As PG&E is potentially facing a torrent of litigation in connection with the Northern California wildfires this month, in addition to the costs of repairing or replacing infrastructure and power lines that were damaged in the fires, four California legislators are proposing legislation that would prevent PG&E from passing any of those costs on to rate payers.
As the Chronicle reports, Democratic state senators Jerry Hill (D-San Mateo), Mike McGuire (D-Healdsburg) and Scott Wiener (D-San Francisco) along with Assemblyman Marc Levine (D-San Rafael), announced that they planned to introduce the legislation in January. The bill would bar public utilities from passing on to consumers any costs associated with their own negligence.
As it stands, PG&E's San Diego counterpart, SDG&E, has been trying to pass on to its customers $379 million of the $2.4 billion it has been made to pay in settlements in connection with wildfires there in 2007, including the Witch Fire, which burned 1650 structures and killed two people. And PG&E has also been potentially trying to have lawsuit costs from the 2015 Butte Fire get passed on to customers as well.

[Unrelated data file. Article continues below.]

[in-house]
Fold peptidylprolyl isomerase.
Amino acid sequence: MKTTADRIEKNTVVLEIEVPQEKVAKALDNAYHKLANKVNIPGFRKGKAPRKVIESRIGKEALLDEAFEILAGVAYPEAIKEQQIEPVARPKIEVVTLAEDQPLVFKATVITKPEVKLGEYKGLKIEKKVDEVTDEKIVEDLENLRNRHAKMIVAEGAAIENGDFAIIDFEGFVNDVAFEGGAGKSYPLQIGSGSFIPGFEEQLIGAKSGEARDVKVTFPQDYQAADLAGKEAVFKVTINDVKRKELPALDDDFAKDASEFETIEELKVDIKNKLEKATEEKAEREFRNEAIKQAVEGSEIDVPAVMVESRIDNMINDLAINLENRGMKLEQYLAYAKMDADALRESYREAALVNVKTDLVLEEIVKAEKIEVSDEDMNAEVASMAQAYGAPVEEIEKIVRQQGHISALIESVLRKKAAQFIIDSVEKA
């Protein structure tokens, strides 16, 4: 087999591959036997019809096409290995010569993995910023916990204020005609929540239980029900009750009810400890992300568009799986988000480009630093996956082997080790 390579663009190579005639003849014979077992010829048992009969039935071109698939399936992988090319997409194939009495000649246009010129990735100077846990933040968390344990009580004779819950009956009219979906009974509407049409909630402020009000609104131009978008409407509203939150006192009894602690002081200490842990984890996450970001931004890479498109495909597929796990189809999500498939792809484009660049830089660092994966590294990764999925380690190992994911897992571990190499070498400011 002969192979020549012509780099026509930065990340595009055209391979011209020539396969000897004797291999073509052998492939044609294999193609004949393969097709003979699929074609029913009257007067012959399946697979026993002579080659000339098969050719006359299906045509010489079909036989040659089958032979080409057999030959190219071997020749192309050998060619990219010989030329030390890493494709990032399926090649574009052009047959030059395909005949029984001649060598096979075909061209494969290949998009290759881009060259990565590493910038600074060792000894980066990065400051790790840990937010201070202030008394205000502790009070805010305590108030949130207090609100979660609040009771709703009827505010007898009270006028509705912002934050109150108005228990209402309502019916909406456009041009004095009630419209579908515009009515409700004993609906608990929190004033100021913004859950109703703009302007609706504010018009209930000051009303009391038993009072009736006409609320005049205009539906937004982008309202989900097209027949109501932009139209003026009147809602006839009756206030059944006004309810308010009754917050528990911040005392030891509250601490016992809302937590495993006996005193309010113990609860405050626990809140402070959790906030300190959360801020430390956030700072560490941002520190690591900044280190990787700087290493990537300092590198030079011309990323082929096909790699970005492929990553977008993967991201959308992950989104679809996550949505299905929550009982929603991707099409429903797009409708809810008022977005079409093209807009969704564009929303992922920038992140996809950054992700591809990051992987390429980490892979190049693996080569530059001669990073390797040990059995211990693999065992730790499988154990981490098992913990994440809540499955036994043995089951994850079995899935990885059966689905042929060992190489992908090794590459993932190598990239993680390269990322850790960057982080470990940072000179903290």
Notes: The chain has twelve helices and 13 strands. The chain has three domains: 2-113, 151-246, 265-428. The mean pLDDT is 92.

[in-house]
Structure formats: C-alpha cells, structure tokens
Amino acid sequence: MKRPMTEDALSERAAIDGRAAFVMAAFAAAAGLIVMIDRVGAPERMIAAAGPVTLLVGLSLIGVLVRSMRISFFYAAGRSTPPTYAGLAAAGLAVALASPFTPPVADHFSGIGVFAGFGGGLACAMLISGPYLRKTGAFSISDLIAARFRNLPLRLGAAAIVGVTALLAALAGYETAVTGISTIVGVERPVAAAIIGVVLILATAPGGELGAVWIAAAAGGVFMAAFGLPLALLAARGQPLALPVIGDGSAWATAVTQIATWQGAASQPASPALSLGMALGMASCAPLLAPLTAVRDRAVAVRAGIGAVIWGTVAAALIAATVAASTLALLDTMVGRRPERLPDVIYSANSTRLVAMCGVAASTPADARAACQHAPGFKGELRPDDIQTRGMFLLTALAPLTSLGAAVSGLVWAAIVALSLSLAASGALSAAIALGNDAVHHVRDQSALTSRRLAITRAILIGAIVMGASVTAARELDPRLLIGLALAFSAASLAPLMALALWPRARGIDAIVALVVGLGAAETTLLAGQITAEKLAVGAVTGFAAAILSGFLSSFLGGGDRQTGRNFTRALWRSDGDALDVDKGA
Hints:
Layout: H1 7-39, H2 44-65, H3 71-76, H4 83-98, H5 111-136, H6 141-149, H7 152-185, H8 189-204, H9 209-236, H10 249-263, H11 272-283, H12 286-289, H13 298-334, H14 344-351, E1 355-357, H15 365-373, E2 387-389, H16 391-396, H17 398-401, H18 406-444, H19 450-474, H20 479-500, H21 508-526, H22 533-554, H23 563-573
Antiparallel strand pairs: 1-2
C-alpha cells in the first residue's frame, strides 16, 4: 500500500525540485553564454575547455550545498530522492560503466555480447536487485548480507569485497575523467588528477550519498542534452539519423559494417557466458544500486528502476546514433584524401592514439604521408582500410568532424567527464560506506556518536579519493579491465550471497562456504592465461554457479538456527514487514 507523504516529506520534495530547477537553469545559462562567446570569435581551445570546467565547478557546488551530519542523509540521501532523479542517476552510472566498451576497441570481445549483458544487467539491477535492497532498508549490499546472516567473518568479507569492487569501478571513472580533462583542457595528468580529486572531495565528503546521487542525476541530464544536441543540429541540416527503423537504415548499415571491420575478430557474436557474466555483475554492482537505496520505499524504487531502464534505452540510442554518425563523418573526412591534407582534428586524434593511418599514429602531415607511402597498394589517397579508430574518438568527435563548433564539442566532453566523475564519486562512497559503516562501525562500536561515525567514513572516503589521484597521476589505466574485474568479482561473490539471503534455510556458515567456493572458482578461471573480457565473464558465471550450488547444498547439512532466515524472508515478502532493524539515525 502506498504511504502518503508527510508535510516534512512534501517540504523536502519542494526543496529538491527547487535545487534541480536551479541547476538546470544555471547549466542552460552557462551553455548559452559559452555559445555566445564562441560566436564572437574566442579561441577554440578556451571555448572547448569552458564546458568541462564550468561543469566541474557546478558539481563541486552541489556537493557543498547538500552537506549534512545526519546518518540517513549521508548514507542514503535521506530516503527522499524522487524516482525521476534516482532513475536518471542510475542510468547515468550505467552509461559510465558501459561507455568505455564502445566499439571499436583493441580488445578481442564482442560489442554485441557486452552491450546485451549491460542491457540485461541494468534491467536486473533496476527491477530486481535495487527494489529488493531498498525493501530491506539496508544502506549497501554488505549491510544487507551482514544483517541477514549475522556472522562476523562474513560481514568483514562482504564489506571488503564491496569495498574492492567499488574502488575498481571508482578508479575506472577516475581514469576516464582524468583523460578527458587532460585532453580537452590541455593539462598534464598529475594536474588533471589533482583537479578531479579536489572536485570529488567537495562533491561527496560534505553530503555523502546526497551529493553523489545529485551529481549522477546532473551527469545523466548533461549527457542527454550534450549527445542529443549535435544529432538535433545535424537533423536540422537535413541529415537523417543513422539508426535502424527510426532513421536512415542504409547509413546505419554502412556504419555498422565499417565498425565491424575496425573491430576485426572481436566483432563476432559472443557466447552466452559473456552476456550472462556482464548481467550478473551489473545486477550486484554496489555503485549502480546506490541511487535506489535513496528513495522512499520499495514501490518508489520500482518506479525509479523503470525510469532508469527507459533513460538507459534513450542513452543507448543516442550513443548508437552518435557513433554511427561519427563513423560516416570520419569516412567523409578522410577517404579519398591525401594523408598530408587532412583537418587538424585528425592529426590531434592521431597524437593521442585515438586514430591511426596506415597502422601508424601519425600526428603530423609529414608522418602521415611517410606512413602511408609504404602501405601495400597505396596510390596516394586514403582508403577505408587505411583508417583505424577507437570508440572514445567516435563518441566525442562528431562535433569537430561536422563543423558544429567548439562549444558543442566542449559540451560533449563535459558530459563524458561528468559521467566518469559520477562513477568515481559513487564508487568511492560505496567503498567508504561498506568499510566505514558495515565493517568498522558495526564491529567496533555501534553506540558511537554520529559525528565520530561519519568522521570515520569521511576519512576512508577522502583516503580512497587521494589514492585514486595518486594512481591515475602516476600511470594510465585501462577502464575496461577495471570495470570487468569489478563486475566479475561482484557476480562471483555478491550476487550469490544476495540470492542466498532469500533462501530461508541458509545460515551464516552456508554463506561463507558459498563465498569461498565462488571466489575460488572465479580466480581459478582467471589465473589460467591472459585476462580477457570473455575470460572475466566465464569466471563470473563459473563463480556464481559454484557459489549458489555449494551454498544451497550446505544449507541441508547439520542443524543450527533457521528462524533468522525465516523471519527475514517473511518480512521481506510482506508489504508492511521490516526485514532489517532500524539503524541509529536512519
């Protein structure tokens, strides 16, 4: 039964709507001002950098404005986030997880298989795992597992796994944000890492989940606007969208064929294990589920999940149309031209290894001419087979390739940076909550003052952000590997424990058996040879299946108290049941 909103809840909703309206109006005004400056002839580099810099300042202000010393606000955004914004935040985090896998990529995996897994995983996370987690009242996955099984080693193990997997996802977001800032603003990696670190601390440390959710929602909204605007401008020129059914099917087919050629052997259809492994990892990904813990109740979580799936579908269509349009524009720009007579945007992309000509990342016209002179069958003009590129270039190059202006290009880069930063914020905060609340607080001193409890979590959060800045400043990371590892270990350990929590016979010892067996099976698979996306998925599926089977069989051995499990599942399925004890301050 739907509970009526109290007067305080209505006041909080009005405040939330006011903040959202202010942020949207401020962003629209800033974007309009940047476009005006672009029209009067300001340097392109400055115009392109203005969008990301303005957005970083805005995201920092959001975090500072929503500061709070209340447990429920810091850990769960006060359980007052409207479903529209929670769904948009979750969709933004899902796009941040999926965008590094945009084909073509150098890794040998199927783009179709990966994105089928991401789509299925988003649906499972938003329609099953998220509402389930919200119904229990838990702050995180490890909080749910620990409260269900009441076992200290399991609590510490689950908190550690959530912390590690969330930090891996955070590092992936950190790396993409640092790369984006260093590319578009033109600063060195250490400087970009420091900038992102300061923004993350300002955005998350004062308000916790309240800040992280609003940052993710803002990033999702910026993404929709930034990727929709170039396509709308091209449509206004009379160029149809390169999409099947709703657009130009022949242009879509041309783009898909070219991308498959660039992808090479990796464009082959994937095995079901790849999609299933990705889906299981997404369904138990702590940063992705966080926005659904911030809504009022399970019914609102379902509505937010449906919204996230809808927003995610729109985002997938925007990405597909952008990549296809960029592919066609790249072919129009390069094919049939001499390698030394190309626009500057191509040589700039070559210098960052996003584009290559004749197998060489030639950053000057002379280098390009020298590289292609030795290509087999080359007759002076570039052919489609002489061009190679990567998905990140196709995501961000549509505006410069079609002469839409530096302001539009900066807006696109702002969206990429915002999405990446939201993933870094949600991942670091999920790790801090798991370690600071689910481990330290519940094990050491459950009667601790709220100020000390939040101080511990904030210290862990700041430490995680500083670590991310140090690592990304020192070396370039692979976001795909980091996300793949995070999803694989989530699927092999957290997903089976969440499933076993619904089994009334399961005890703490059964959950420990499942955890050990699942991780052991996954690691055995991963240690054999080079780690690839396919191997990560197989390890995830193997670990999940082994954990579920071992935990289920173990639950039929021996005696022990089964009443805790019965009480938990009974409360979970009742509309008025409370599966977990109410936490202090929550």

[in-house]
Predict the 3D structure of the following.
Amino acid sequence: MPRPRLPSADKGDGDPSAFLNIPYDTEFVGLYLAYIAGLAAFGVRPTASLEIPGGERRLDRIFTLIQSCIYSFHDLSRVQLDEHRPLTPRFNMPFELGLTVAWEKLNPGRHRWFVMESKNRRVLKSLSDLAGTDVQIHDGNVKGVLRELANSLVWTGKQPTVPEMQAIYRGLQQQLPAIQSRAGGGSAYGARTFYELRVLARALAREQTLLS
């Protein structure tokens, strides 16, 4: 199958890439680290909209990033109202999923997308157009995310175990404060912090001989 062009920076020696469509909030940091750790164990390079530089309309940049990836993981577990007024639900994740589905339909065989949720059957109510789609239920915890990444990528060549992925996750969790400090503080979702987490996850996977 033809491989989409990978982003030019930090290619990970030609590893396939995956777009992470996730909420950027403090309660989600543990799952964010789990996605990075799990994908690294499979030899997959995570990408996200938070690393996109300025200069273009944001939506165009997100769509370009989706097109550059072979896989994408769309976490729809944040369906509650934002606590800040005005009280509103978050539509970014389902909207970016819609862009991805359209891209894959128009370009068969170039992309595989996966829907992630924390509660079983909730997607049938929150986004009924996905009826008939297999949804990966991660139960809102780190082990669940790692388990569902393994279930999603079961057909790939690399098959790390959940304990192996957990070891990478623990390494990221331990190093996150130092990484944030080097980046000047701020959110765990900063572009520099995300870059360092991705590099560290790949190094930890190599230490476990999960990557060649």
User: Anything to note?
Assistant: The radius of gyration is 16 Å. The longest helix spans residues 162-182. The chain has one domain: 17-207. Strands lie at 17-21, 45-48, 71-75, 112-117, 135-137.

The causes of the multiple wildfires that broke out on October 8 and 9 have yet to be determined by investigators.
"This practice is an outrage,” says Sen. Hill in a press release. “Victims of devastating fires and other customers should not be forced to pay for the mistakes made by utilities. It’s time to stop allowing utilities to push the burden of their negligence onto the backs of customers."
PG&E spokesperson Keith Stephens issued a statement not responding directly to the proposed legislation, but saying, "To be clear, the investigations into these fires are still ongoing and we are cooperating with the (California Public Utilities Commission) and Cal Fire’s reviews. While we all want answers, we must address these climate-driven natural disasters and come together to find solutions that protect our infrastructure and keep our communities and customers safe."
Previously: PG&E Was Cited For Multiple Power Line Maintenance Issues In Sonoma County In Recent Years